We’ve got the mother’s own testimony at the deposition, as cited by [the State], which reflects and leads to the very reasonable inference of mom trying to manipulate the system.

And then, of course, we have Dr. Sherry, who in his report, [made] the reasonable inference … mom is a manipulator.


A default judgment can be granted, and clearly it is a civil death penalty in a TPR action.  A default judgment can be granted if a party engages in egregious conduct or bad faith conduct, and there is no clear and justifiable excuse, and the party was on notice about the potential sanction.

Looking at this case, [Yvette] was advised by this court on … at least on two occasions, she needed to do three things.  Cooperate with her lawyer, stay in touch with her lawyer, … and make all of your court appearances.  And she was told if she did not do so, she could be penalized, she could be sanctioned, and the sanction could be losing her right to a trial in the grounds phase.  And if the case was in a posture to go forward to disposition, she could lose her right to have a say in the disposition.

8        The trial court stated that Yvette failed to comply with a court order, in accordance with Wis. Stat. § 805.03, and that Yvette’s conduct was in bad faith and was egregious.  The trial court adjourned the dispositional hearing to give Yvette another chance to appear.

9        At the dispositional hearing, at which Yvette did appear, Yvette testified on her own behalf.  The trial court made an assessment that it had no concerns about Yvette’s competency and overruled Yvette’s counsel’s objection to the prior default finding, stating that based upon the testimony presented, the CHIPS history, and the fact that Yvette did not provide any new information, default judgment would stand.  The trial court found that it was in the best interest of Amya that Yvette’s parental rights be terminated.[2]  

10      Yvette filed a motion for postdisposition relief.  We ordered the case remanded for further evidentiary proceedings to determine whether Yvette’s conduct was egregious and without justifiable excuse.

11      At the postdisposition motion hearing, Yvette appeared and provided testimony in support of her motion as well as medical records from her hospital stay when she was found in default.  The trial court also incorporated the transcripts from previous hearings.  After hearing testimony from Yvette and after reflecting on its previous findings from previous hearings, the trial court found Yvette to be an incredible witness and upheld the default judgment.  This appeal follows.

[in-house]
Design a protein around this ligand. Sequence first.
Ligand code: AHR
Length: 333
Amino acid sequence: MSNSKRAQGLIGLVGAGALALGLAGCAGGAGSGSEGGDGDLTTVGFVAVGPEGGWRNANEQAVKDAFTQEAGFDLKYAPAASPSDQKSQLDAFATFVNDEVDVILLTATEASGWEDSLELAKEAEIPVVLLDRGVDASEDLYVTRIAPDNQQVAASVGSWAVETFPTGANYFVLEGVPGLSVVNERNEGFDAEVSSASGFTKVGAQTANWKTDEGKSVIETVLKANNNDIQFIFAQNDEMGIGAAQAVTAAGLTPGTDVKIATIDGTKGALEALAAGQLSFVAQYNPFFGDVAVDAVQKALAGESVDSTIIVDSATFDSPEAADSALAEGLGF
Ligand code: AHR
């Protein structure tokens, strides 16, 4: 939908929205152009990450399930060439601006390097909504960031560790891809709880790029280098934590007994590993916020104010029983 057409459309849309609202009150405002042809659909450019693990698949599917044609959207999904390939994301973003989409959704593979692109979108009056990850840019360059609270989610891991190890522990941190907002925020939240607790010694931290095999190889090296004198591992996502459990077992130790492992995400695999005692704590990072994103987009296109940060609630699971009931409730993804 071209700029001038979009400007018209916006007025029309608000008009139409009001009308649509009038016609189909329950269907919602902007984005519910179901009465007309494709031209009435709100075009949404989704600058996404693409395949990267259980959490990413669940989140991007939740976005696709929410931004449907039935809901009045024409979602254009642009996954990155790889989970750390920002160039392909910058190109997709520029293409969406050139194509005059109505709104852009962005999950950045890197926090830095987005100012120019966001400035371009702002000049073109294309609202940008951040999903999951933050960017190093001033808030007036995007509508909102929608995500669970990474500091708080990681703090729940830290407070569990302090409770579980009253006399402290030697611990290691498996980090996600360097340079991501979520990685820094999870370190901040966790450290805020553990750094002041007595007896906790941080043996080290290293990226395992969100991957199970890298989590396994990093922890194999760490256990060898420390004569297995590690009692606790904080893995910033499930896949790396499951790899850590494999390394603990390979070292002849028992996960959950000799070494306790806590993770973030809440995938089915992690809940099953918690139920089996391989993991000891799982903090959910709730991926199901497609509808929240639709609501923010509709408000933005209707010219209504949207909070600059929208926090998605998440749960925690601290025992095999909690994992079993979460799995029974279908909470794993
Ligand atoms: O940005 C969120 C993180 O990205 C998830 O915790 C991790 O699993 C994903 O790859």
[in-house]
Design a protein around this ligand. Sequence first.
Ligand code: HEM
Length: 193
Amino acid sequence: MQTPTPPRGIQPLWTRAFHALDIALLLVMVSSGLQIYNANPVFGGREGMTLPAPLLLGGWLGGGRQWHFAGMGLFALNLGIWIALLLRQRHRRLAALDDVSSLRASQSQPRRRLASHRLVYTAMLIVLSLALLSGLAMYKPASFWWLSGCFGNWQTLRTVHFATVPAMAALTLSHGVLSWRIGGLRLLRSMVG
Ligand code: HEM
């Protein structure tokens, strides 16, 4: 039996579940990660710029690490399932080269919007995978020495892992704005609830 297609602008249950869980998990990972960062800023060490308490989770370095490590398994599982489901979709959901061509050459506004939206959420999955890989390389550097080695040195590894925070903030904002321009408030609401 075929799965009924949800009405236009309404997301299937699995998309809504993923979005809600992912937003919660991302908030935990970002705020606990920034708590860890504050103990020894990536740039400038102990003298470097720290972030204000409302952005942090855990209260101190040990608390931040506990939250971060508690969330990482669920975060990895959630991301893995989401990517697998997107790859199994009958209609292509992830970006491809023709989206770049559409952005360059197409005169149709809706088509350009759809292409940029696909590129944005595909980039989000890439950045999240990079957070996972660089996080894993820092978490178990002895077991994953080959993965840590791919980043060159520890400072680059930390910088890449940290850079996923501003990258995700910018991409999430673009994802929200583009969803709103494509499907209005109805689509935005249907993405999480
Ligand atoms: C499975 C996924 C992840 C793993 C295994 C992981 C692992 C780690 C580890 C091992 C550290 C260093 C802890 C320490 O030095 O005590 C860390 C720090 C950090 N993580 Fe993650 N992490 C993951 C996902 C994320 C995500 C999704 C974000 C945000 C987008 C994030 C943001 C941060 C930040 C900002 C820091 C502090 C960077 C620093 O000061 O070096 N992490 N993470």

12      In termination of parental rights cases the rules of civil procedure governing default judgments apply.  Door County Dep’t of Health and Family Servs. v. Scott S., 230 Wis. 2d 460, 465, 602 N.W.2d 167 (Ct. App. 1999).  A trial court has discretion to sanction a party for disobeying a court order by entering a default judgment.  See Industrial Roofing Servs., Inc. v. Marquardt, 2007 WI 19, ¶¶39-41, 299 Wis. 2d 81, 726 N.W.2d 898; Wis. Stat. §§ 804.12(2)(a) and 805.03.  We uphold the trial court’s exercise of discretion if the court relied on the facts of record and applied the proper standard of law to reach a reasonable decision.  Industrial Roofing Servs., 299 Wis. 2d 81, ¶41.

13      Because entry of default is a particularly harsh sanction, the supreme court has limited use of the sanction to those acts that are “egregious[ ] or in bad faith.”  Id., ¶43.  An act is egregious if it is “‘extraordinary in some bad way; glaring, flagrant.’”  Sentry Ins. v. Davis, 2001 WI App 203, ¶21 n.8, 247 Wis. 2d 501, 634 N.W.2d 553 (citation omitted).  A party’s “failure to comply with circuit court scheduling and discovery orders without clear and justifiable excuse is egregious conduct.”  Garfoot v. Fireman’s Fund Ins. Co., 228 Wis. 2d 707, 719, 599 N.W.2d 411 (Ct. App. 1999).

14      Here, the trial court set forth multiple reasons explaining why it found that Yvette’s failure to appear warranted a default judgment.  Specifically, the trial court found that:  (1) Yvette was put on notice multiple times as to her required presence at the proceedings; and (2) Yvette’s failure to appear at the fact-finding trial was an intentional attempt to delay the proceedings.  We conclude that the trial court’s findings that Yvette’s failure to appear was egregious, in bad faith, and not justifiably excusable, are supported by the record.

15      First, the trial court ordered Yvette to personally appear at all proceedings, yet the day before her scheduled jury trial, Yvette called her counsel and informed her that she (Yvette) checked herself into a locked psychiatric hospital.  The trial court took notice of Yvette’s failure to appear at a past hearing, her failure to appear at two depositions, the result of which delayed the proceedings, as well as testimony from Yvette’s case worker stating that she met with Yvette before she (Yvette) checked herself into the hospital and did not observe any unusual behavior.  In fact, the trial court noted that the case worker provided Yvette with bus tickets and reminded her of the upcoming jury trial.  The record indicates that Yvette was personally warned by the trial court at least twice that she was to appear at all court appearances, or face sanctioning and a default judgment.  Yvette also admitted, while testifying at the postdisposition hearing, that she had telephone access while hospitalized, suggesting that she was able to appear by phone but did not.